The Brave Little Tailor

Jacob and Wilhelm Grimm

One summer morning a little tailor was sitting on his table near the window. In good spirits, he was sewing with all his might. A peasant woman came down the street crying, "Good jam for sale! Good jam for sale!" That sounded good to the little tailor, so he stuck his dainty head out the window and shouted, "Come up here, my dear woman! You can sell your goods here!"

The woman carried her heavy basket up the three flights of stairs to the tailor, who had her unpack all of her jars. He examined them, picking each one up and holding it to his nose. Finally he said, "This jam looks good to me. Weigh out four ounces for me, even if it comes to a quarter pound."

The woman, who had hoped to make a good sale, gave him what he asked for, then went away angry and grumbling.

"May God bless this jam to give me health and strength," said the little tailor. Then taking a loaf of bread from his cupboard, he cut himself a large slice and spread it with the jam. "That is not going to taste bad," he said, "but I will finish the jacket before I bite into it."

He laid the bread aside and continued his sewing, happily making his stitches larger and larger. Meanwhile the smell of the sweet jam rose to the wall where a large number of flies were sitting. Attracted by the smell, a swarm of them settled onto the bread.

"Hey! Who invited you?" said the little tailor, driving away the unbidden guests. However, the flies, who did not understand German, would not be turned away, and they came back in ever-increasing numbers. Finally, losing his temper, he reached for a piece of cloth and shouted, "Wait, now I'm going to give it to you!" then hit at them without mercy. When he backed off and counted, there were no fewer than seven of them lying dead before him, with their legs stretched out.

"Aren't you someone?" he said to himself, surprised at his own bravery. The whole town shall hear about this." He hastily cut out a banner for himself, then embroidered on it with large letters, Seven with one blow. "The town?" he said further. "The whole world shall hear about this!" And his heart jumped for joy like a lamb's tail.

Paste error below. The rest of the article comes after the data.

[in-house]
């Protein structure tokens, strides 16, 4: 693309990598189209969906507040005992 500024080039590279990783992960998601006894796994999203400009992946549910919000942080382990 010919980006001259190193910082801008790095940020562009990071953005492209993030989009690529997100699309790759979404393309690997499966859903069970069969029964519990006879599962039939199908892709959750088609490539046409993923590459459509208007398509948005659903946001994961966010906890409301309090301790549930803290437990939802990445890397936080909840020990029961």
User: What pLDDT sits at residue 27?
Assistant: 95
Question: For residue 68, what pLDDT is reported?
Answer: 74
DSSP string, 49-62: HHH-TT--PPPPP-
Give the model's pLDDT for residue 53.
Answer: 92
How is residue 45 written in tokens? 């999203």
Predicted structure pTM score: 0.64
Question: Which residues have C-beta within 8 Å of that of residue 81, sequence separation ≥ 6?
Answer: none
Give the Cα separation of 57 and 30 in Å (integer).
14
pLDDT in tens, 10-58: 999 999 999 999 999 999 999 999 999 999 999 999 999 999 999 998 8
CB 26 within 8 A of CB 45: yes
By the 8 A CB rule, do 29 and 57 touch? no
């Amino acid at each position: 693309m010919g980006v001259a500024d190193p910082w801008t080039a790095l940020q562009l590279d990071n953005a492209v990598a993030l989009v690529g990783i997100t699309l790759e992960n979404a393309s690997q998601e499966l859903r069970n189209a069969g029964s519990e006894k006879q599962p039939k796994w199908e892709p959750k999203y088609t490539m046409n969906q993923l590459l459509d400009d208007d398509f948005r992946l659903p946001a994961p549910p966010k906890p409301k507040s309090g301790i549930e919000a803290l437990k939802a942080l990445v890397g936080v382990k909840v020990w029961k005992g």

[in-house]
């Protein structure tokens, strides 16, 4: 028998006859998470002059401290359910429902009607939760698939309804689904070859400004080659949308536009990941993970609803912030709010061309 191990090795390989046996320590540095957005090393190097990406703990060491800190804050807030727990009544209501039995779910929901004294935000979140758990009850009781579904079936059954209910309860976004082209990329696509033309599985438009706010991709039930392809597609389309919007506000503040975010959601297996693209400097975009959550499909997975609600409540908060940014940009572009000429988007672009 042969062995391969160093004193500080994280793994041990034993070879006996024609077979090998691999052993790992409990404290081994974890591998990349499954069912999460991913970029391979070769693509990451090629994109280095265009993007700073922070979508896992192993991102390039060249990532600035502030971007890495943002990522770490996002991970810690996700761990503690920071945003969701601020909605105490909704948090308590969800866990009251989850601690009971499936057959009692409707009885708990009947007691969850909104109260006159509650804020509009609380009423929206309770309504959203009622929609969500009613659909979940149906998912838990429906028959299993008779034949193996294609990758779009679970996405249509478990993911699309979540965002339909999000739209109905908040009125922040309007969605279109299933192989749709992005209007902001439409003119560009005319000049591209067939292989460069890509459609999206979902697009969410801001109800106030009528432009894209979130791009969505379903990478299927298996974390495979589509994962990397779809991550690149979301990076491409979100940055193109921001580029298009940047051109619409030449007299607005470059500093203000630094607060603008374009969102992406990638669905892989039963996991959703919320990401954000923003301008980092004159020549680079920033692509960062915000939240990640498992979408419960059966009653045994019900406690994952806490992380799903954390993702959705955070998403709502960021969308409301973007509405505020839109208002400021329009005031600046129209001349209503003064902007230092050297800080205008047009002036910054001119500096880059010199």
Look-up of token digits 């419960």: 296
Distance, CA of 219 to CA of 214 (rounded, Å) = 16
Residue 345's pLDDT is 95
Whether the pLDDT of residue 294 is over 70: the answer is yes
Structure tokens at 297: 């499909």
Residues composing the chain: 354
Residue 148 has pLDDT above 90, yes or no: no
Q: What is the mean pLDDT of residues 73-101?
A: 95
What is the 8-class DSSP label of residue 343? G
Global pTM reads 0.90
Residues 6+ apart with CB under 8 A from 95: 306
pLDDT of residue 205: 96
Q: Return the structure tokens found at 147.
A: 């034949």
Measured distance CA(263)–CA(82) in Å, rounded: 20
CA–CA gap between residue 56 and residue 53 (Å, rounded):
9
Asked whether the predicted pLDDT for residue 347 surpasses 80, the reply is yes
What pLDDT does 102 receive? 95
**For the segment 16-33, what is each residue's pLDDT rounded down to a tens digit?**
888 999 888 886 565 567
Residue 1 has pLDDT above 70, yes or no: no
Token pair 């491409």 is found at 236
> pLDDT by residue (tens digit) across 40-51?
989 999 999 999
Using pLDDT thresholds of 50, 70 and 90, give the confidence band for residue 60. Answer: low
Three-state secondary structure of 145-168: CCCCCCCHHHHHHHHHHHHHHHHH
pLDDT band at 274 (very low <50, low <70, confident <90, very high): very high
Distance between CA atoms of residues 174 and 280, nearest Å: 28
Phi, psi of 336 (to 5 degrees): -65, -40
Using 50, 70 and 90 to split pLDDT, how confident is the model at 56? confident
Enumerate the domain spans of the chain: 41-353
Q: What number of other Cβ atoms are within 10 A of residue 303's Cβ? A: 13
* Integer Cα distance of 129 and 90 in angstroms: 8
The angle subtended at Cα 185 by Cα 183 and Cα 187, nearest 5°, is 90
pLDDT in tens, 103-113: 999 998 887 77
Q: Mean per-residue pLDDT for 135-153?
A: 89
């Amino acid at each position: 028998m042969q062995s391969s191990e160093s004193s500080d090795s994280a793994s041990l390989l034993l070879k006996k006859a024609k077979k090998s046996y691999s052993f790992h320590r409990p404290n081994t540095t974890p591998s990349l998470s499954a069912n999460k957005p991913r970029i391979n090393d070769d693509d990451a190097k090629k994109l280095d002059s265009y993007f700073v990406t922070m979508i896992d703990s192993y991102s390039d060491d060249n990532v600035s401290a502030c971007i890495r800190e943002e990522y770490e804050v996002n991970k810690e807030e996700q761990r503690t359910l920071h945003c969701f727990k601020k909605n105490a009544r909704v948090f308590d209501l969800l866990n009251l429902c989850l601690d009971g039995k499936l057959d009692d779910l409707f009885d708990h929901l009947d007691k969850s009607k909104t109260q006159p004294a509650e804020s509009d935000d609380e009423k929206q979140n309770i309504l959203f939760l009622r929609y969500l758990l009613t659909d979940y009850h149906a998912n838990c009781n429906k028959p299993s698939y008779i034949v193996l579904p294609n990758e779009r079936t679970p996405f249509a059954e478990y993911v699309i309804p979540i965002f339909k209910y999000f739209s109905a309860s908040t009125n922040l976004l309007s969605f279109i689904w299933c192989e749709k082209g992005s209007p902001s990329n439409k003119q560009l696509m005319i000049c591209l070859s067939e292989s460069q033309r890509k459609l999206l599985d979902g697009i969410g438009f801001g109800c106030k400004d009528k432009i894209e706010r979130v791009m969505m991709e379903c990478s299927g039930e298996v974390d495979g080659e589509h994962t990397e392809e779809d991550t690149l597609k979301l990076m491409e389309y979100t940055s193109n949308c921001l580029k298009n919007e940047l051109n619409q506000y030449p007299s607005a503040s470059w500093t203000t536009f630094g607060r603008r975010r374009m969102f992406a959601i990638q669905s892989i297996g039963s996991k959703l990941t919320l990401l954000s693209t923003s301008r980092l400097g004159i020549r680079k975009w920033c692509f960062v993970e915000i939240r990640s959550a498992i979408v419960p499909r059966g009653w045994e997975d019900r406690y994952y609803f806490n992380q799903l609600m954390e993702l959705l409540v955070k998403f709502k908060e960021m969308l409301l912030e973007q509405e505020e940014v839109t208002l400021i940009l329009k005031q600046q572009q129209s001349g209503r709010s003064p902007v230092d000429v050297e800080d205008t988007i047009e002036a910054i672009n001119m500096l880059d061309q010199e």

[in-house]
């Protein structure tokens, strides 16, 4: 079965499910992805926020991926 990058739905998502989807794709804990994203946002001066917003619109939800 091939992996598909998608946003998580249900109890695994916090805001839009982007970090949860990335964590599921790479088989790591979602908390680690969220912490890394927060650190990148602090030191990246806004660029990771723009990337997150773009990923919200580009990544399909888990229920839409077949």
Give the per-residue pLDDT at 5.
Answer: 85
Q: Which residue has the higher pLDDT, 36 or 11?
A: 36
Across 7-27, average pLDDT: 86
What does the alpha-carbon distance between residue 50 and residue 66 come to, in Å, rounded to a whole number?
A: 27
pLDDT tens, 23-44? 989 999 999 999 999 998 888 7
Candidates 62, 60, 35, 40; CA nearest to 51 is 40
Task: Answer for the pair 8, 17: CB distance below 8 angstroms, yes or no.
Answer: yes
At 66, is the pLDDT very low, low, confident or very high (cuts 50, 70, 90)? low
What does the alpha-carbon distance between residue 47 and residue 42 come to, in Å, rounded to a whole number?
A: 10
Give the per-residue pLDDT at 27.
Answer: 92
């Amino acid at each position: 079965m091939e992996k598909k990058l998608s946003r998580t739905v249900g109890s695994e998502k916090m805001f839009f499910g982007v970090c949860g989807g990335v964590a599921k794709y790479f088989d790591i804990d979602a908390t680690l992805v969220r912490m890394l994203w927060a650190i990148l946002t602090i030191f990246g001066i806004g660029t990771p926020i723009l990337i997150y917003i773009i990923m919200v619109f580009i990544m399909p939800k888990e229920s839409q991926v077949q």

The tailor tied the banner around his body and set forth into the world, for he thought that his workshop was too small for such bravery. Before leaving he looked about his house for something that he could take with him. Finding nothing but a piece of old cheese, he put that into his pocket. Outside the town gate he found a bird that was caught in a bush. It went into his pocket with the cheese.

He bravely took to the road, and being light and agile he did not grow weary. The road led him up a mountain, and when he reached the top a huge giant was sitting there, looking around contentedly.

The little tailor went up to him cheerfully and said, "Good day, comrade. Are you just sitting here looking at the wide world? I am on my way out there to prove myself. Do you want to come with me?"

The giant looked at the tailor with contempt, saying, "You wretch! You miserable fellow!"

"You don't say!" answered the little tailor. Unbuttoning his coat, he showed the banner to the giant. "You can read what kind of man I am."

The giant read Seven with one blow, and thinking that the tailor had killed seven men, he gained some respect for the little fellow. But he did want to put him to the test, so he picked up a stone and squeezed it with his hand until water dripped from it.

"Do what I just did," said the giant, "if you have the strength."

"Is that all?" said the little tailor. "That is child's play for someone like me." Reaching into his pocket he pulled out the soft cheese and squeezed it until liquid ran from it. "That was even better, wasn't it?" he said.

The giant did not know what to say, for he did not believe the little man. Then the giant picked up a stone and threw it so high that it could scarcely be seen. "Now, you little dwarf, do that."

"A good throw," said the tailor, "but the stone did fall back to earth. I'll throw one for you that will not come back." He reached into his pocket, pulled out the bird, and threw it into the air. Happy to be free, the bird flew up and away, and did not come back. "How did you like that, comrade?" asked the tailor.

"You can throw well enough," said the giant, but now let's see if you are able to carry anything proper." He led the little tailor to a mighty oak tree that had been cut down and was lying on the ground. He said, "If you are strong enough, then help me carry this tree out of the woods."

"Gladly," answered the little man. "You take the trunk on your shoulder, and I will carry the branches and twigs. After all, they are the heaviest."

The giant lifted the trunk onto his shoulder, but the tailor sat down on a branch, and the giant, who could not see behind himself, had to drag long the entire tree, with the little tailor sitting on top. Cheerful and in good spirits, he whistled the song "There Were Three Tailors Who Rode Out to the Gate," as though carrying a tree were child's play.

The giant, after dragging the heavy load a little way, could not go any further, and he called out, "Listen, I have to drop the tree."